Another word for probability is possibility. It is a math of chance, that deals with the happening of a random event. The value is indicated from zero to one. In math, Probability has been introduced to predict how likely events are to occur. The meaning of probability is basically the scope to which something is to be expected to happen.

**Probability**

To understand probability more accurately, take an example as rolling a dice, the possible outcomes are – 1, 2, 3, 4, 5, and 6. The probability of getting any of the possible outcomes is 1/6. As the probability of happening any of a possible event is the same so there are equal chances of getting any likely number in this case it is either 1/6 or 50/3.

**Formula of Probability**

Probability of an event = {Number of ways it can occur} ⁄ {Total number of outcomes}

P(A) = {Number of ways A occurs} ⁄ {Total number of outcomes}

**Types of Events**

There are different types of events based on different criteria. One of the types is an equally likely event and a complimentary event. Then there are impossible and sure events. One type is a simple and compound event. There are independent and dependent events, mutually exclusive, exhaustive events, etc. Let’s take a look at these events in detail.

**Equally Likely Events:**After rolling a dice, the possibility of getting any of the equally likely events is 1/6. As the happening of an event is an equally likely event so there is equal or the same possibility of obtaining any number, in this case, it is either 1/6 in fair dice rolling.**Complementary Events:**There is a chance or possibility of only two results which is an event will occur or not. Like a person will study or not study, cleaning a car or not cleaning a car, etc. are examples of complementary events.**Impossible and Sure Events:**If the probability of happening of a likely event is 0, such an event is called an impossible event and if the probability of happening of a likely event is 1, it is called a sure event. In other words, the empty set ϕ is an impossible event and the sample space S is a sure event.**Simple Events:**Any event containing a single point of the sample space is known as a simple event in probability. For example, if S = {46 , 75 , 86 , 64 , 99} and E = {75} then E is a simple event.**Compound Events:**Opposite to the simple event, if any event contains more than one single point of the sample space then such an event is called a compound event. Considering the same example again, if S = {56, 78, 96, 54, 89}, E1 = {56, 54 }, E2 = {78, 56, 89} then, E1 and E2 represent two compound events.**Independent Events and Dependent Events:**If the occurrence of any event is completely unaffected by the occurrence of any other event, such events are known as independent events in probability and the events which are affected by other events are known as dependent events.**Mutually Exclusive Events:**If the occurrence of one event keeps out the occurrence of another event, such events are mutually exclusive events i.e. two events don’t have any common number. For example, if S = {5,6,7,8,9,10} and E1, E2 are two events such that E1 consists of numbers less than 7 and E2 consists of numbers greater than 8. So, E1 = {5,6,7} and E2 = {8,9,10} . Then, E1 and E2 are mutually exclusive.**Exhaustive Events:**A set of events is called exhaustive, which means that one of them must occur.**Events Associated with “OR”:**If two events E1 and E2 are associated with OR then it means that either E1 or E2 or both. The merging symbol (∪) is used to represent OR in probability. Thus, the event E1 U E2 indicates E1 OR E2. If we have mutually exhaustive events E1, E2, E3 …En associated with sample space S then, E1 U E2 U E3 U … En = S**Events Associated with “AND”:**If two events E1 and E2 are associated with AND then it means the joining of elements that is common to both the events. The intersection symbol (∩) is used to represent AND in probability. Thus, the event E1 ∩ E2 indicates E1 and E2.**Event E1 but not E2:**It represents the difference between two of the events. Event E1 but not E2 show all the end results which are present in E1 but not in E2. Thus, the event E1 but not E2 is represented as E1, E2 = E1 – E2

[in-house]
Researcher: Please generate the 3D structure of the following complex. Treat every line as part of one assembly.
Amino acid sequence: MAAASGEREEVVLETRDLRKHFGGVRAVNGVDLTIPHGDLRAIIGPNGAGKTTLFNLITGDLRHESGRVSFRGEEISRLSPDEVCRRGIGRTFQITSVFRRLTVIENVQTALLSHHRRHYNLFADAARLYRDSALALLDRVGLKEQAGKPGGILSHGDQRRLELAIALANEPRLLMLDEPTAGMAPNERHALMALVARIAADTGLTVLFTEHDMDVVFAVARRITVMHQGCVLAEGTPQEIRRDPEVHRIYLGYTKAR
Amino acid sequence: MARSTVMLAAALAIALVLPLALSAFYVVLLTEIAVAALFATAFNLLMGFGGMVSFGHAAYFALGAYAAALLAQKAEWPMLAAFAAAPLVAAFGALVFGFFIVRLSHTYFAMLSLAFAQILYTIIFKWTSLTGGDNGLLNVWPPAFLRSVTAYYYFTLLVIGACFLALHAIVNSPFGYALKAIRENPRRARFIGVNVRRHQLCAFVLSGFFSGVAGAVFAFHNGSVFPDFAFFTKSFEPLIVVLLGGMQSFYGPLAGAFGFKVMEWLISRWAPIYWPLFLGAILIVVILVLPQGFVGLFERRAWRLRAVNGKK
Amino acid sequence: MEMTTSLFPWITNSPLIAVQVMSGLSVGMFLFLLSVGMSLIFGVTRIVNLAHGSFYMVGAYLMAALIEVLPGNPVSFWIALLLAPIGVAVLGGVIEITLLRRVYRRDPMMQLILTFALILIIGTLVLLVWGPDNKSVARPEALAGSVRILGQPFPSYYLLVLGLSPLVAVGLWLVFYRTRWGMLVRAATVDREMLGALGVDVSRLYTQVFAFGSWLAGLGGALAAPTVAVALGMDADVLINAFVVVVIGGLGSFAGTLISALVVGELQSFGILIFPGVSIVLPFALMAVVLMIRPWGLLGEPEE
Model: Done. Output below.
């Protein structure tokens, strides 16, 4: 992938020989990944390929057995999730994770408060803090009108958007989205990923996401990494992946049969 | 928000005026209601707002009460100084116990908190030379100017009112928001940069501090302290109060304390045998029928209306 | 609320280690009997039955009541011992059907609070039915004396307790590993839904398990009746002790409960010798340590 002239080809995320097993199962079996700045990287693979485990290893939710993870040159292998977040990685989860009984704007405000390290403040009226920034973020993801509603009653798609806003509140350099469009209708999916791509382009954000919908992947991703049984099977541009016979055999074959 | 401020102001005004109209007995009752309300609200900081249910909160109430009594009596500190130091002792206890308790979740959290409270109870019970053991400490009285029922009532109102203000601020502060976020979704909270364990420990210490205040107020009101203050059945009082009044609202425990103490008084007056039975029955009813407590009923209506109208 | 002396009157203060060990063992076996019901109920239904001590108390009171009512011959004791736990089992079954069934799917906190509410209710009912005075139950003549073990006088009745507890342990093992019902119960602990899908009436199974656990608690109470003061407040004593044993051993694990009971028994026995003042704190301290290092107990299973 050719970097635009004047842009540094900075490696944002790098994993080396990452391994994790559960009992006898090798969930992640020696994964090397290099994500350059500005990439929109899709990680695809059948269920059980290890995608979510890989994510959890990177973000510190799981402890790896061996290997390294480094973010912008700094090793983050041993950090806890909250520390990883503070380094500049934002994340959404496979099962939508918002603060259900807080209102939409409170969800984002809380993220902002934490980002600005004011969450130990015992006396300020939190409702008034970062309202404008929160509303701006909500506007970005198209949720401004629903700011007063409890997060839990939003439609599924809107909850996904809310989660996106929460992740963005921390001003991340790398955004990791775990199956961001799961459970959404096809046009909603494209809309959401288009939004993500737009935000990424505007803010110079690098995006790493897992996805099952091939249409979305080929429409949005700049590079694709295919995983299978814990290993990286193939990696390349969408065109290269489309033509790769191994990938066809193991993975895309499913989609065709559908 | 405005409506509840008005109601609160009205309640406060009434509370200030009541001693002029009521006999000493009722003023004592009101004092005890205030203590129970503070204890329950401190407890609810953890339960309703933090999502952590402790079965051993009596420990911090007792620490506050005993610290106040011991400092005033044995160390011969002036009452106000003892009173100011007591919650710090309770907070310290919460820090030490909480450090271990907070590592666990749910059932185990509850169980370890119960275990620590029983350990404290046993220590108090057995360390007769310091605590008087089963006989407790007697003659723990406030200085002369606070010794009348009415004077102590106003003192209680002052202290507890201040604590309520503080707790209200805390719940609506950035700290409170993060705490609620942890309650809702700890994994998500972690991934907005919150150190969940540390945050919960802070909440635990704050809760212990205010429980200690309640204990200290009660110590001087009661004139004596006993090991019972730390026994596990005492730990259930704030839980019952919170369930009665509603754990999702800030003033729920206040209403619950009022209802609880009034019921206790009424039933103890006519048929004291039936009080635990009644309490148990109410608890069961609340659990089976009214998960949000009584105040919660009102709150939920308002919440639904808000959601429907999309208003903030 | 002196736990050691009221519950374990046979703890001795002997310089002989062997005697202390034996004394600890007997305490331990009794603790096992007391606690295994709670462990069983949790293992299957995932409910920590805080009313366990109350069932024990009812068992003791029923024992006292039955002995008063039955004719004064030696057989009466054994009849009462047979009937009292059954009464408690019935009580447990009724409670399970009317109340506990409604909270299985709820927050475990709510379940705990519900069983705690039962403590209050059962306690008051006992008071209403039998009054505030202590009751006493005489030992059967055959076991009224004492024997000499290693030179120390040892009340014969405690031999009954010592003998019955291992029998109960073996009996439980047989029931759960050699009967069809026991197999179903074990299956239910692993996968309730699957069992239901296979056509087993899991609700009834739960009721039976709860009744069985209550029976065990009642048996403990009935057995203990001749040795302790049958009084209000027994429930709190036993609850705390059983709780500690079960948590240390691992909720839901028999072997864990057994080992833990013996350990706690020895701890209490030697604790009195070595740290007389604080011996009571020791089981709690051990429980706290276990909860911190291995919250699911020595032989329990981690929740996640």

**What is the mean outcome if a fair six-sided die is rolled once?**

**Solution:**

After rolling the dice the possible outcomes are 1,2,3,4,5,6

So, formula of mean = Sum of the terms ⁄ No. of terms

Mean outcome = 1 + 2 + 3 + 4 + 5 + 6 ⁄ 6

Mean outcome = 21 ⁄ 6

Mean outcome = 3.5

**Similar Questions**

**Question 1: What is the even outcome if a fair six-sided die is rolled once?**

**Solution:**

When rolling a fair six-sided die the total possible outcome are 1,2,3,4,5,6

And the even possible outcome are (2,4,6) in rolling one six-sided die, rolling an even number could occur with one of three outcomes: 2, 4, and 6.

P(E) = {Number of ways it can occur} ⁄ {Total number of outcomes}

Number of ways it can occur = 3 (2,4,6)

total number of outcome = 6 (1,2,3,4,5,6)

P(E) = 3⁄6 = 1⁄2

**Question 2: What is the odd outcome if a fair six-sided die is rolled once?**

**Solution:**

When rolling a fair six sided die the total possible outcome are 1,2,3,4,5,6

And the odd possible outcome are (1,3,5) in rolling one six-sided die, rolling an odd number could occur with one of three outcomes: 1, 3, and 5.

P(E) = {Number of ways it can occur} ⁄ {Total number of outcomes}

Number of ways it can occur = 3 (1,3,5)

total number of outcome = 6 (1,2,3,4,5,6)

P(E) = 3⁄6 = 1⁄2